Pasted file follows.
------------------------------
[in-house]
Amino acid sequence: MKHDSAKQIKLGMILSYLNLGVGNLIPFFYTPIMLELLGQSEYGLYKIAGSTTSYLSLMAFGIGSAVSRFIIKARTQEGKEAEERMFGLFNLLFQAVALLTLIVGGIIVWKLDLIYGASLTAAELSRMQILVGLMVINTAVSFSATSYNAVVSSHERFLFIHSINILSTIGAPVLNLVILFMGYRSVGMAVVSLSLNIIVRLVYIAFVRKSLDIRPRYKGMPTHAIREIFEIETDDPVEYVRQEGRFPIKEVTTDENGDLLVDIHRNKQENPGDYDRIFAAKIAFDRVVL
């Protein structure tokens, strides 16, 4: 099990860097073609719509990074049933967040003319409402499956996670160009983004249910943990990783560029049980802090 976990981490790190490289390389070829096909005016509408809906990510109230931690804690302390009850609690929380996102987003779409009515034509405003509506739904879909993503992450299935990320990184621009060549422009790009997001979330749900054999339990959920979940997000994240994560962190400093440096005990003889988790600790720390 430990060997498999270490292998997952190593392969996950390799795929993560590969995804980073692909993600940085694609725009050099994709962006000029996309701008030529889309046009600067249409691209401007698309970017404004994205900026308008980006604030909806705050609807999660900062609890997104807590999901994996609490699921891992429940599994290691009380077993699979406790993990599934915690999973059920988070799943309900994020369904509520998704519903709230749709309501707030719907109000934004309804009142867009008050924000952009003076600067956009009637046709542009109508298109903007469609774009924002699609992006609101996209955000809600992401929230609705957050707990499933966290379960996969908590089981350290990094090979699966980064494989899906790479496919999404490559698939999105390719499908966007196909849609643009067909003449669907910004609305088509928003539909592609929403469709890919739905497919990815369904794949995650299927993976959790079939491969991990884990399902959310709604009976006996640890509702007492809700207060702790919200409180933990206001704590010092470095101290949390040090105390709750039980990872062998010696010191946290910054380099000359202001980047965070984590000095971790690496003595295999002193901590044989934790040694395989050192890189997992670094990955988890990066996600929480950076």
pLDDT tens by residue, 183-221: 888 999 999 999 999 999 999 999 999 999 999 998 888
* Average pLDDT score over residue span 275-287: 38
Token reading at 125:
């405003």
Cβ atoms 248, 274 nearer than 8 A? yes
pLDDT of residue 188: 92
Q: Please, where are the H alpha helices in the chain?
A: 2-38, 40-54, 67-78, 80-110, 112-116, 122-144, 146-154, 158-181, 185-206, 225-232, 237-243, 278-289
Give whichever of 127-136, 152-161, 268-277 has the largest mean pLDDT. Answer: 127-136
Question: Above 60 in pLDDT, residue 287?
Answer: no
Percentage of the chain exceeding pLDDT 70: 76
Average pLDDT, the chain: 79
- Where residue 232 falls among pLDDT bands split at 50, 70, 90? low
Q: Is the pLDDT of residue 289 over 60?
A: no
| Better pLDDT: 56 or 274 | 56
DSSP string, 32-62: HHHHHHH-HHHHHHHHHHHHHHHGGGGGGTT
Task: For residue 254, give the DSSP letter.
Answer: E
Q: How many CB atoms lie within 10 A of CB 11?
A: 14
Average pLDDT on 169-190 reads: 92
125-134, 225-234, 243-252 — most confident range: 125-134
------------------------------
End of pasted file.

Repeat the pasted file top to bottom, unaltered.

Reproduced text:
[in-house]
Amino acid sequence: MKHDSAKQIKLGMILSYLNLGVGNLIPFFYTPIMLELLGQSEYGLYKIAGSTTSYLSLMAFGIGSAVSRFIIKARTQEGKEAEERMFGLFNLLFQAVALLTLIVGGIIVWKLDLIYGASLTAAELSRMQILVGLMVINTAVSFSATSYNAVVSSHERFLFIHSINILSTIGAPVLNLVILFMGYRSVGMAVVSLSLNIIVRLVYIAFVRKSLDIRPRYKGMPTHAIREIFEIETDDPVEYVRQEGRFPIKEVTTDENGDLLVDIHRNKQENPGDYDRIFAAKIAFDRVVL
């Protein structure tokens, strides 16, 4: 099990860097073609719509990074049933967040003319409402499956996670160009983004249910943990990783560029049980802090 976990981490790190490289390389070829096909005016509408809906990510109230931690804690302390009850609690929380996102987003779409009515034509405003509506739904879909993503992450299935990320990184621009060549422009790009997001979330749900054999339990959920979940997000994240994560962190400093440096005990003889988790600790720390 430990060997498999270490292998997952190593392969996950390799795929993560590969995804980073692909993600940085694609725009050099994709962006000029996309701008030529889309046009600067249409691209401007698309970017404004994205900026308008980006604030909806705050609807999660900062609890997104807590999901994996609490699921891992429940599994290691009380077993699979406790993990599934915690999973059920988070799943309900994020369904509520998704519903709230749709309501707030719907109000934004309804009142867009008050924000952009003076600067956009009637046709542009109508298109903007469609774009924002699609992006609101996209955000809600992401929230609705957050707990499933966290379960996969908590089981350290990094090979699966980064494989899906790479496919999404490559698939999105390719499908966007196909849609643009067909003449669907910004609305088509928003539909592609929403469709890919739905497919990815369904794949995650299927993976959790079939491969991990884990399902959310709604009976006996640890509702007492809700207060702790919200409180933990206001704590010092470095101290949390040090105390709750039980990872062998010696010191946290910054380099000359202001980047965070984590000095971790690496003595295999002193901590044989934790040694395989050192890189997992670094990955988890990066996600929480950076």
pLDDT tens by residue, 183-221: 888 999 999 999 999 999 999 999 999 999 999 998 888
* Average pLDDT score over residue span 275-287: 38
Token reading at 125:
């405003």
Cβ atoms 248, 274 nearer than 8 A? yes
pLDDT of residue 188: 92
Q: Please, where are the H alpha helices in the chain?
A: 2-38, 40-54, 67-78, 80-110, 112-116, 122-144, 146-154, 158-181, 185-206, 225-232, 237-243, 278-289
Give whichever of 127-136, 152-161, 268-277 has the largest mean pLDDT. Answer: 127-136
Question: Above 60 in pLDDT, residue 287?
Answer: no
Percentage of the chain exceeding pLDDT 70: 76
Average pLDDT, the chain: 79
- Where residue 232 falls among pLDDT bands split at 50, 70, 90? low
Q: Is the pLDDT of residue 289 over 60?
A: no
| Better pLDDT: 56 or 274 | 56
DSSP string, 32-62: HHHHHHH-HHHHHHHHHHHHHHHGGGGGGTT
Task: For residue 254, give the DSSP letter.
Answer: E
Q: How many CB atoms lie within 10 A of CB 11?
A: 14
Average pLDDT on 169-190 reads: 92
125-134, 225-234, 243-252 — most confident range: 125-134